Measuring a Baby’s Temperature

Taking a Baby’s Temperature

What type of thermometer should you use?

Always use a digital thermometer to check your child’s temperature.
Never use a mercury thermometer. A digital thermometer makes taking a baby’s temperature
simple with quick results. Other types of thermometers may not be accurate for newborns.
These include tympanic (ear) thermometers. They need to be carefully placed to get
a
precise reading. Skin strips that are pressed on the skin to measure temperature are
not
advised for babies. And keep in mind that touching a baby’s skin can let you know
if he
or she is warm or cool. But you can’t measure body temperature simply by touch.

Where should you take a baby’s
temperature?

There are 3 main places to take a baby’s temperature:

  • In the rectum. For best results
    in babies and toddlers up to 3 years of age, the American Academy of Pediatrics
    advises taking the temperature in the rectum. This is done by placing a
    thermometer in the baby’s anus. This method is accurate and gives a quick reading
    of the baby’s internal temperature. For infants and toddlers, be sure to use a
    rectal thermometer correctly. A rectal thermometer may accidentally poke a hole in
    (perforate) the rectum. It may also pass on germs from the stool. Follow the
    product maker’s directions for proper use. If you don’t feel OK taking a rectal
    temperature, use another method.
  • On the forehead. A newer method
    to take a temperature is called temporal artery thermometry. This is also very
    accurate. It measures the temperature of the blood flowing through the temporal
    artery, on the forehead. This causes less discomfort than a rectal thermometer.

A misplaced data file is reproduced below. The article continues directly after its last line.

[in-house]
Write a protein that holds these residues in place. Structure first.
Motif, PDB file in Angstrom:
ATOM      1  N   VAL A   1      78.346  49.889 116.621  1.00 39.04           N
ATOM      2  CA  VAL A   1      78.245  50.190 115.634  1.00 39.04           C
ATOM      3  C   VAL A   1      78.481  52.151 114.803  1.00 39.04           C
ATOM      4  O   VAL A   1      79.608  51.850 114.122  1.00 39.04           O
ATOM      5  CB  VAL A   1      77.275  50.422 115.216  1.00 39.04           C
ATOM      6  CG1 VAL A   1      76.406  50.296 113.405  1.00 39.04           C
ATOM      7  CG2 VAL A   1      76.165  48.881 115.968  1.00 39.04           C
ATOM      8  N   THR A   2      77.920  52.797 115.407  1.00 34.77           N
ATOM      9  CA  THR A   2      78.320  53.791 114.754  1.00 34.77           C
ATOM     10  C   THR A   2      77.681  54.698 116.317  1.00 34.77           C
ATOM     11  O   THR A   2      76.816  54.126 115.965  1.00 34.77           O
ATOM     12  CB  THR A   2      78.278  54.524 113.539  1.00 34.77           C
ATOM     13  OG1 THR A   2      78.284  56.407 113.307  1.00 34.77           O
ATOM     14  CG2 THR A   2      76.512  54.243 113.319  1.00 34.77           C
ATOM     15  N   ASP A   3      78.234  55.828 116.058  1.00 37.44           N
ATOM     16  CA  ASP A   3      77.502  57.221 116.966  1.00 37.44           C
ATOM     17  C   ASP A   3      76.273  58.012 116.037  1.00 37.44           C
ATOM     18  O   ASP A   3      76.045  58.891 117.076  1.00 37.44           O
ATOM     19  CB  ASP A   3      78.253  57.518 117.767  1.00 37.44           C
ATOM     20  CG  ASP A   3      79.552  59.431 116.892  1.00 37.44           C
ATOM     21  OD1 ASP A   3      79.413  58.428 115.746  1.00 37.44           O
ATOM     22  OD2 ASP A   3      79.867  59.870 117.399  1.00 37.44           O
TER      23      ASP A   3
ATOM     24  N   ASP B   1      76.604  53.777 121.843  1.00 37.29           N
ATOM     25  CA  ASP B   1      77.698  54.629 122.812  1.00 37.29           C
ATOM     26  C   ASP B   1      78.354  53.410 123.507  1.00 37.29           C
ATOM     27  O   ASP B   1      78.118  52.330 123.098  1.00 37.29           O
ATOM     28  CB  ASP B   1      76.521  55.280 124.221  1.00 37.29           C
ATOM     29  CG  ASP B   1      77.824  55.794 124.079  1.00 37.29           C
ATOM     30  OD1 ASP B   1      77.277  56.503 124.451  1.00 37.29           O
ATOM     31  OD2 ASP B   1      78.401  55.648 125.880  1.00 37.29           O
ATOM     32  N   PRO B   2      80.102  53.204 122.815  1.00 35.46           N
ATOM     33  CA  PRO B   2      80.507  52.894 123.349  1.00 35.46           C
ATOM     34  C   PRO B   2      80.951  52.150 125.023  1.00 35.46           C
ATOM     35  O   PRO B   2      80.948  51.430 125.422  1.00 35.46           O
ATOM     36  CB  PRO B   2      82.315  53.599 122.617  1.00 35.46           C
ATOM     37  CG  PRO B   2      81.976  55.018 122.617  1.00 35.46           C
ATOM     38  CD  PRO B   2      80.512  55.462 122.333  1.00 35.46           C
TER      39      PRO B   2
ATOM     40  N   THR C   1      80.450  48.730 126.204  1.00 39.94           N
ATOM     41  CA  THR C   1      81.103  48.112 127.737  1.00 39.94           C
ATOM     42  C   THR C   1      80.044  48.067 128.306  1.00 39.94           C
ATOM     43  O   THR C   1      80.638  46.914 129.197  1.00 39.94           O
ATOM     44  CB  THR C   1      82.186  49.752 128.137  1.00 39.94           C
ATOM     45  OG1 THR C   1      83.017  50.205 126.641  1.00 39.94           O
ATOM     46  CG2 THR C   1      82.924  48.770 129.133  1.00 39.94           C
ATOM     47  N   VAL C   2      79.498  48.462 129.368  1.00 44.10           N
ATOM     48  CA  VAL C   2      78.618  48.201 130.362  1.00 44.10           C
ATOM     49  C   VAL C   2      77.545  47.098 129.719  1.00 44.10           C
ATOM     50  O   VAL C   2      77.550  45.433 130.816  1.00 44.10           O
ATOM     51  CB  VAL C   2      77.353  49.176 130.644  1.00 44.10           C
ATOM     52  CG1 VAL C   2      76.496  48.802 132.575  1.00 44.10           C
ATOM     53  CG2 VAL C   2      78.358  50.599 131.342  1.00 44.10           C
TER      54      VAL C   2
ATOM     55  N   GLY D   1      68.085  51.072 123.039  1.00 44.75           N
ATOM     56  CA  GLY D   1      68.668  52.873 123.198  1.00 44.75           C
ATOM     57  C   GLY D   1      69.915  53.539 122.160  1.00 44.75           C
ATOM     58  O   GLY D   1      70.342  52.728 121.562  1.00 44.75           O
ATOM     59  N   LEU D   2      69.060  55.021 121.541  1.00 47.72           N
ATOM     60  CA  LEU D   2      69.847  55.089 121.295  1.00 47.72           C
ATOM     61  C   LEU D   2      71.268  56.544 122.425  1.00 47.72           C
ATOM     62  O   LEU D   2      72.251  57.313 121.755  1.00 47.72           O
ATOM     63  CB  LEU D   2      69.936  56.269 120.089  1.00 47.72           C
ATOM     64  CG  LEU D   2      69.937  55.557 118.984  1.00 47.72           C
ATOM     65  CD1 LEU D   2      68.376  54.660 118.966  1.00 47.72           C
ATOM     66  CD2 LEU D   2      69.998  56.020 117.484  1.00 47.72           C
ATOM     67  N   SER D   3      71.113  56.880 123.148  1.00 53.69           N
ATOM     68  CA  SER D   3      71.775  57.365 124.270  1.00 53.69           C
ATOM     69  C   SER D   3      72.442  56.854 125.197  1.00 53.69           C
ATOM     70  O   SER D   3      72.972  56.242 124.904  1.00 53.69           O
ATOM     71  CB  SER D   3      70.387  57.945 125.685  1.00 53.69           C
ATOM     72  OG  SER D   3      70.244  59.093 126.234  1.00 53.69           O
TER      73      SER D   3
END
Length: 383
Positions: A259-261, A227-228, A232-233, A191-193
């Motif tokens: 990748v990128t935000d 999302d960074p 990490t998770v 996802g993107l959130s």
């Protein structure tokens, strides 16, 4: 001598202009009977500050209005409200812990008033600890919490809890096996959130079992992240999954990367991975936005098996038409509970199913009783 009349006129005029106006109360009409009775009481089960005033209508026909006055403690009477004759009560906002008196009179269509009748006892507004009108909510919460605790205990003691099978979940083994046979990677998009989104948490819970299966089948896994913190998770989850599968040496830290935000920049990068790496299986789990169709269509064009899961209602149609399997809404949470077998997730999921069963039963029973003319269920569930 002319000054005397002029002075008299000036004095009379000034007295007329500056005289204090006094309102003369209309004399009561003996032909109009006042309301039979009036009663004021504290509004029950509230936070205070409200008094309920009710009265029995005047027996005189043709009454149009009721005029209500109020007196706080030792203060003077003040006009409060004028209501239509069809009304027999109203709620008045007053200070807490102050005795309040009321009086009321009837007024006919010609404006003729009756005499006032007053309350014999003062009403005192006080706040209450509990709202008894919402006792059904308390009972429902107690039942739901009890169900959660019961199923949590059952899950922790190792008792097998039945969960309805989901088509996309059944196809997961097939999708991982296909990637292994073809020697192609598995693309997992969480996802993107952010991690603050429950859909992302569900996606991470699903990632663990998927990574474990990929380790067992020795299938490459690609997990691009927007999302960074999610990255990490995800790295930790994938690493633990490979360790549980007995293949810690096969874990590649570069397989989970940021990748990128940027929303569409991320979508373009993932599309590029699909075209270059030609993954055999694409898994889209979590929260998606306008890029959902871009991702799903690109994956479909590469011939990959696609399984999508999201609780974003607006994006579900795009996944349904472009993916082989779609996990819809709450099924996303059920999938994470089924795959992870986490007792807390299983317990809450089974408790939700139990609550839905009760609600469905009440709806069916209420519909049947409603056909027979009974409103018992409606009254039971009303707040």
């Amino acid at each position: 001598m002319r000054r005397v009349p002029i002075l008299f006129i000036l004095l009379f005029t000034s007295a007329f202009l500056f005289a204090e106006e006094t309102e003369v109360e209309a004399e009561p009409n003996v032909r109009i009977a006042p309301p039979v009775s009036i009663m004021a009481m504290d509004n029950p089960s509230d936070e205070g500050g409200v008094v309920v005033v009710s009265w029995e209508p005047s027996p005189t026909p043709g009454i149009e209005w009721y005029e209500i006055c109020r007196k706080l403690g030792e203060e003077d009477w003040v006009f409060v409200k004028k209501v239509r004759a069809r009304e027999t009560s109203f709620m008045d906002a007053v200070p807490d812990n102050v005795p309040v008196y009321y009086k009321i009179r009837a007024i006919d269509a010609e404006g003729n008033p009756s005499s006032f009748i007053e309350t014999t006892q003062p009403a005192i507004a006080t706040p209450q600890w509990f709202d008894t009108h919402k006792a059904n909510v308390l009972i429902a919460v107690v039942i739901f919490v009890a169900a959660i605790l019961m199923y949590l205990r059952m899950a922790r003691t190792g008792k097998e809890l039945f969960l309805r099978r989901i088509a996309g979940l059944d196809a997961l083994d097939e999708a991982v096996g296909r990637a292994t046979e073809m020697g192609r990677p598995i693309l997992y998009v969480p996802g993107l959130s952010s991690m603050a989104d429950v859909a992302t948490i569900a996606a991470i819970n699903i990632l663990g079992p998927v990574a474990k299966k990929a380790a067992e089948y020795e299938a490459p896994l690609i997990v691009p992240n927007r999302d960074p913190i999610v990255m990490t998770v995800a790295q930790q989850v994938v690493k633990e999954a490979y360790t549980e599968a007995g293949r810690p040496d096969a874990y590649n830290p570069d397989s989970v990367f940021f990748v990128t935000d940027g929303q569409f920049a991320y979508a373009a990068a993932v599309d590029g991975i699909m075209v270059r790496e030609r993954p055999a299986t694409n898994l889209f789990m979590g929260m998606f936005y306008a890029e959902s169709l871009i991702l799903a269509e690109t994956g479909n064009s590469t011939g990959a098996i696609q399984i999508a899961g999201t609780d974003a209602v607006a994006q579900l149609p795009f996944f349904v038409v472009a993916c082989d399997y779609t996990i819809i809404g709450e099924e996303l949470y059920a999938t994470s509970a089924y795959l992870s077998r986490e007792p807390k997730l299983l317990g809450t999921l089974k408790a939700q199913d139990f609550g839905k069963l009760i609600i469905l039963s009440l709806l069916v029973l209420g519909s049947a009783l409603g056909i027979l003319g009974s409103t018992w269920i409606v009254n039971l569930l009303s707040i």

It’s also less stressful to a newborn.
  • In the armpit. This is called
    axillary measurement. It may be used as a first way of checking to see if a child
    may have a fever. If this shows a fever, the temperature should then be checked by
    rectum or forehead.

Tips for taking a rectal
temperature

Oral and rectal thermometers have
different shapes and one should not be substituted for the other. Don’t use oral
thermometers rectally as these can cause injury. Rectal thermometers have a security
bulb designed specifically for safely taking rectal temperatures.

  • Place the baby across your
    lap or changing table, on his or her belly, facing down. Place your hand nearest
    the baby’s head on his or her lower back. Push apart the baby’s buttocks with your
    thumb and forefinger.

  • Using your other hand, gently
    insert the lubricated bulb end of the thermometer 1/2 to 1 inch, or just past the
    anal muscle.

  • Point thermometer towards
    the child’s belly button.

  • Hold the thermometer with 1
    hand on the baby’s buttocks so the thermometer will move with the baby. Use the
    other hand to comfort the baby and prevent moving.

  • Never leave a baby unattended
    with a rectal thermometer inserted.

  • Hold the thermometer until it
    beeps or signals.

  • Remove the thermometer.

  • Wipe the bulb.

  • Read it right away. Write
    down the number.

  • Clean the thermometer with
    soap and water or rubbing alcohol.

Tips for taking a forehead
temperature

  • Place the thermometer sensor
    in the middle of the baby’s forehead.

  • Press and hold the scan
    button.

  • Slowly move the thermometer
    across the forehead toward the top of the baby’s ear. Make sure it always touches
    the skin.

  • Stop at the hairline. Release
    the scan button.

  • Read the temperature.

When to call the healthcare provider

Call your baby’s healthcare provider if a baby’s rectal or forehead
temperature is 100.4°F (38°C) or higher. Tell him or her which method you used to
take
your child’s temperature.